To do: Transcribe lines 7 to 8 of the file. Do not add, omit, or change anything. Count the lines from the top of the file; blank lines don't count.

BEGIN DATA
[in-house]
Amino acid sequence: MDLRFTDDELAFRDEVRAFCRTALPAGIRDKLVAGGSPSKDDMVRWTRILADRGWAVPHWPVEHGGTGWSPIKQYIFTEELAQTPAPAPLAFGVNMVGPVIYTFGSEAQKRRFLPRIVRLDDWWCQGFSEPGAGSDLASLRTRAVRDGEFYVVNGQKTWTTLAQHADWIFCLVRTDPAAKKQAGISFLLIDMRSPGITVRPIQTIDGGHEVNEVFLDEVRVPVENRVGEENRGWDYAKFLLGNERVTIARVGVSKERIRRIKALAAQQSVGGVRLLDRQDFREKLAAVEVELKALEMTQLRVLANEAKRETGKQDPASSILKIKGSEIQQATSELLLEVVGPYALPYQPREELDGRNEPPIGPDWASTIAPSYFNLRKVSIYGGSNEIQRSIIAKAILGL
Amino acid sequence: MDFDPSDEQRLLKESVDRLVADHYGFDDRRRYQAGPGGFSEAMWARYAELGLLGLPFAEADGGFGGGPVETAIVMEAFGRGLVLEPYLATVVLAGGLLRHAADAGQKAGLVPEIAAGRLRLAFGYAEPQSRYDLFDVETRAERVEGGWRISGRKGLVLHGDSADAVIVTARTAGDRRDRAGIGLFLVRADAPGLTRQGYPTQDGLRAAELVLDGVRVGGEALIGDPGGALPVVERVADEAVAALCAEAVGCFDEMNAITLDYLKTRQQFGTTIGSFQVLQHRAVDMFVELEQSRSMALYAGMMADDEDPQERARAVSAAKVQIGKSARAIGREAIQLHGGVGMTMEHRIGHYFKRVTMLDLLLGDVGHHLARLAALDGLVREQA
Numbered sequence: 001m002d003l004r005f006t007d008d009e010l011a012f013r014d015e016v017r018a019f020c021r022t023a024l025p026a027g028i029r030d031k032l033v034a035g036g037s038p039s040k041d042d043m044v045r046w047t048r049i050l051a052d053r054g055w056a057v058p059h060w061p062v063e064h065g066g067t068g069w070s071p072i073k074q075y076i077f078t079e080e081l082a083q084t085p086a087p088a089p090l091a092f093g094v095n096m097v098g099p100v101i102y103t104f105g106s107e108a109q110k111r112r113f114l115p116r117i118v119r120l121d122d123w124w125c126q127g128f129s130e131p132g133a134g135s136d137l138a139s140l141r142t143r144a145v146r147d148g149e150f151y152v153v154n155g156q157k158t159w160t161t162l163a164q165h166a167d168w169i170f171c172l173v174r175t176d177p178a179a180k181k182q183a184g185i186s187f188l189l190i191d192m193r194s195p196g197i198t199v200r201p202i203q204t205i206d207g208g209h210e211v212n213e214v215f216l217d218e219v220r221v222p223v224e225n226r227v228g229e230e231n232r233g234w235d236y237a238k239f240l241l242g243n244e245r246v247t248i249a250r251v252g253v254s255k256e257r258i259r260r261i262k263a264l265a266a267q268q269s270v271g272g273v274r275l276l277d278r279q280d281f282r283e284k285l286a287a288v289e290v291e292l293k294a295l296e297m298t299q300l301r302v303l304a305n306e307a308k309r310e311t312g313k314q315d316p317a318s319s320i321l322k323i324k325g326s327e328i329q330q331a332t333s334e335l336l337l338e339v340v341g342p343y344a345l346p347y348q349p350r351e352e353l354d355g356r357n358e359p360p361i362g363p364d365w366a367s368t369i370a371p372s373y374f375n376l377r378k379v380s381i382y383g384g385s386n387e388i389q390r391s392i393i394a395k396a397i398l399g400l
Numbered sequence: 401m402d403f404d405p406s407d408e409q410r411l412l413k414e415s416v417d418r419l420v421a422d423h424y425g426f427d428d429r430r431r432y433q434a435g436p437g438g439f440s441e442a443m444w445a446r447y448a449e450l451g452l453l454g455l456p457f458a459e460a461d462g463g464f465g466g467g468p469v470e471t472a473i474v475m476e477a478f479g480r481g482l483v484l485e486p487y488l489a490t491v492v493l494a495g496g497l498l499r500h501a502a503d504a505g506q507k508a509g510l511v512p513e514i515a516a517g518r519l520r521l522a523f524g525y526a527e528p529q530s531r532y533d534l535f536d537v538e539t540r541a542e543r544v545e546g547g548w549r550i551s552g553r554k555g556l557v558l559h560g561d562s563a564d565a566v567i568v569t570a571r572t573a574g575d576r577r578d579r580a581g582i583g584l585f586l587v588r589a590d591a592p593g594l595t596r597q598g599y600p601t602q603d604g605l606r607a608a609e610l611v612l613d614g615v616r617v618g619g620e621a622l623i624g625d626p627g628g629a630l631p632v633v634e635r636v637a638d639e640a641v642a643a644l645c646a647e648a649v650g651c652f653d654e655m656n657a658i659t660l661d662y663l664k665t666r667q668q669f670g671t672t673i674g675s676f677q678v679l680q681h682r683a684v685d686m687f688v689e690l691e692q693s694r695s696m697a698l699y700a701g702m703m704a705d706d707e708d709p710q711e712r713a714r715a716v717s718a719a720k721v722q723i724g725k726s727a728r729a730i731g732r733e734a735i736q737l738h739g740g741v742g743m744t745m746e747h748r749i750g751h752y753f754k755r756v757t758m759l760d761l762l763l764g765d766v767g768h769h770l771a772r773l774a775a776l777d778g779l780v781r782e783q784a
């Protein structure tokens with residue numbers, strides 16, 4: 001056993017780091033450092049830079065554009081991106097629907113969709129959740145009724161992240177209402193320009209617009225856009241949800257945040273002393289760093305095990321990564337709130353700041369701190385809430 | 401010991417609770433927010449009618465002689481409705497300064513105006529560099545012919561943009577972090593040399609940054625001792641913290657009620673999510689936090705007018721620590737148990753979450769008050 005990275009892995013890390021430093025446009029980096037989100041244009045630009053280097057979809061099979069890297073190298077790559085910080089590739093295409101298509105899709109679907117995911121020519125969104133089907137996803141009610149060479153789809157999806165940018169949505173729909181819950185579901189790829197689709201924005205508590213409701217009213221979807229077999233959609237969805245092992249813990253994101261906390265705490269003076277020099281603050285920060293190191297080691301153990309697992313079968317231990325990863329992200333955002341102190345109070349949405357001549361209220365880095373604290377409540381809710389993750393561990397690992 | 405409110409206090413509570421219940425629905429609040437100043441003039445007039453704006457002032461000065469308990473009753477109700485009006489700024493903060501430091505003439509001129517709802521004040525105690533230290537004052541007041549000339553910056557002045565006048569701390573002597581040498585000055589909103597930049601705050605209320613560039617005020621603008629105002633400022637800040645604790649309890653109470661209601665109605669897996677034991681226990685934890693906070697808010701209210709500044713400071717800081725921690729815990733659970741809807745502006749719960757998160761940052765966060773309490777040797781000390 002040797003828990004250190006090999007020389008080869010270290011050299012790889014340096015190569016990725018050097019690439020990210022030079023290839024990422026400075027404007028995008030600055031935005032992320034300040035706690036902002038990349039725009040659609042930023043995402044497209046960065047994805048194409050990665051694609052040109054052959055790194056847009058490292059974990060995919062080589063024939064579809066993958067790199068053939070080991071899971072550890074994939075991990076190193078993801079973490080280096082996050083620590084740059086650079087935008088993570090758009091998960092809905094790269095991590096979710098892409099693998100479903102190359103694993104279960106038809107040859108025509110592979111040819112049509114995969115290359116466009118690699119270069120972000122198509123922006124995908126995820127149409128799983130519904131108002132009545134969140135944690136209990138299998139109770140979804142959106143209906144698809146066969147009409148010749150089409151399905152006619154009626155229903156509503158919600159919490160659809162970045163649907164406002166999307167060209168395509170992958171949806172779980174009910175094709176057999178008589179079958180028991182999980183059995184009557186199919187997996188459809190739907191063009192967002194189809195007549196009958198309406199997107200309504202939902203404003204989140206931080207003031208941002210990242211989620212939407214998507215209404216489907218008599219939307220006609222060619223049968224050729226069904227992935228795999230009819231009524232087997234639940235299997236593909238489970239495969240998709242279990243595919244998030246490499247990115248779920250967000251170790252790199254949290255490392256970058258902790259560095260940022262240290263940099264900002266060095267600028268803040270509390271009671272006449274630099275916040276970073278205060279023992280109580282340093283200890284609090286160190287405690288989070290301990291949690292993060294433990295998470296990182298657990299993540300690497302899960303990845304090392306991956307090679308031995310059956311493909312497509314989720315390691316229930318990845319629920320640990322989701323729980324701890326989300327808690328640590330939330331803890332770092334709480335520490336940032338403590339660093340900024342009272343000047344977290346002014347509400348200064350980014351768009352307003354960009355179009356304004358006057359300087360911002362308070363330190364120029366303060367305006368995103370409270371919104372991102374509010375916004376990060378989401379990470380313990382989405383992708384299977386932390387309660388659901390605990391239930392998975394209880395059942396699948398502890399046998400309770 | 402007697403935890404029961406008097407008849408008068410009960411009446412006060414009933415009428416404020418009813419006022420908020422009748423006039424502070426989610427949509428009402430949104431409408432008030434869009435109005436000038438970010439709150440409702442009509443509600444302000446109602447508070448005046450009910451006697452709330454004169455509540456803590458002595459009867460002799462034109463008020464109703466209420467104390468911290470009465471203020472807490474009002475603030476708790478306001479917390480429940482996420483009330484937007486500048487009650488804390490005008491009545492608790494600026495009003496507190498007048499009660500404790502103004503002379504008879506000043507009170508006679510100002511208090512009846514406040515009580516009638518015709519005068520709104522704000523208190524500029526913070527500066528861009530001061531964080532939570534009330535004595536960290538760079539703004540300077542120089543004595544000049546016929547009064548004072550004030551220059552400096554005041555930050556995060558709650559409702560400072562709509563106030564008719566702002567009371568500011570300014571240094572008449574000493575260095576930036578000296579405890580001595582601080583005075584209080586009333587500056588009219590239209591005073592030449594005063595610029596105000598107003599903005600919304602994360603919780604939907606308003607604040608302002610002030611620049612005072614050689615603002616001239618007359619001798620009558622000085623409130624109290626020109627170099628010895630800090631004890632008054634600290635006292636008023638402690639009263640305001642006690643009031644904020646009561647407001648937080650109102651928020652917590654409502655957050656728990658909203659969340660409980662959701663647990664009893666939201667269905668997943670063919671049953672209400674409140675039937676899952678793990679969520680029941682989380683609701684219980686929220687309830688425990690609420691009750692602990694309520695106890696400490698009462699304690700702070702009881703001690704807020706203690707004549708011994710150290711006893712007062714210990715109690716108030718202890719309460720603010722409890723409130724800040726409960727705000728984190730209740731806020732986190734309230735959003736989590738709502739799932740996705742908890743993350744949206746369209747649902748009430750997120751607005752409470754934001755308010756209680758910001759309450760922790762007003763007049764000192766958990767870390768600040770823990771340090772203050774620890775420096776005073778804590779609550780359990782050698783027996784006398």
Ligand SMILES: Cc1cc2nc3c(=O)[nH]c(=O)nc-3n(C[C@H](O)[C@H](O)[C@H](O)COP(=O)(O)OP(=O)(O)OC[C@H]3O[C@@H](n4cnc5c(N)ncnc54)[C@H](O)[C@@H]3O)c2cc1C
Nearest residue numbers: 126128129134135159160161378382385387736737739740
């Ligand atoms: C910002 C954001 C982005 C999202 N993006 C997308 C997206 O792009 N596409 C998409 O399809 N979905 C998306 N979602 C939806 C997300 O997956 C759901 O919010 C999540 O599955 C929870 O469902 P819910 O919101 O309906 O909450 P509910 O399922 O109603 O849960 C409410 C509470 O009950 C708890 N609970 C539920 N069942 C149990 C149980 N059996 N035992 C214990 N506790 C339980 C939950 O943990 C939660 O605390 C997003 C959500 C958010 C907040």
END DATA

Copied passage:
Ligand SMILES: Cc1cc2nc3c(=O)[nH]c(=O)nc-3n(C[C@H](O)[C@H](O)[C@H](O)COP(=O)(O)OP(=O)(O)OC[C@H]3O[C@@H](n4cnc5c(N)ncnc54)[C@H](O)[C@@H]3O)c2cc1C
Nearest residue numbers: 126128129134135159160161378382385387736737739740